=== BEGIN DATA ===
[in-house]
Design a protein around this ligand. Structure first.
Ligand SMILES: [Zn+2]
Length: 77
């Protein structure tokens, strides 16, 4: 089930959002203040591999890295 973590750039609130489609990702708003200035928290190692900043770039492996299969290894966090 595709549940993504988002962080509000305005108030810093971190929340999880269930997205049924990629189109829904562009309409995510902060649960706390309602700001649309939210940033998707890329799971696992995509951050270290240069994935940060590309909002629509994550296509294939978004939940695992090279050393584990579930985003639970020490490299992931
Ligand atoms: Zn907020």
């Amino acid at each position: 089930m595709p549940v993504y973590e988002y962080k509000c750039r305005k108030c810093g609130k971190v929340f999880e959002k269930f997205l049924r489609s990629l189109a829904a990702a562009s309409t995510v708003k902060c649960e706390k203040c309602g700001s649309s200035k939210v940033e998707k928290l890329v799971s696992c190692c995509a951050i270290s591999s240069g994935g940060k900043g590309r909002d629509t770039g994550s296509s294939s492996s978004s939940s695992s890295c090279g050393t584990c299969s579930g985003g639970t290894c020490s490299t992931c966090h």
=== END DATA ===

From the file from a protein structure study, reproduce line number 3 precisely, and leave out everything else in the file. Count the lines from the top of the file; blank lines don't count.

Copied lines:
Ligand SMILES: [Zn+2]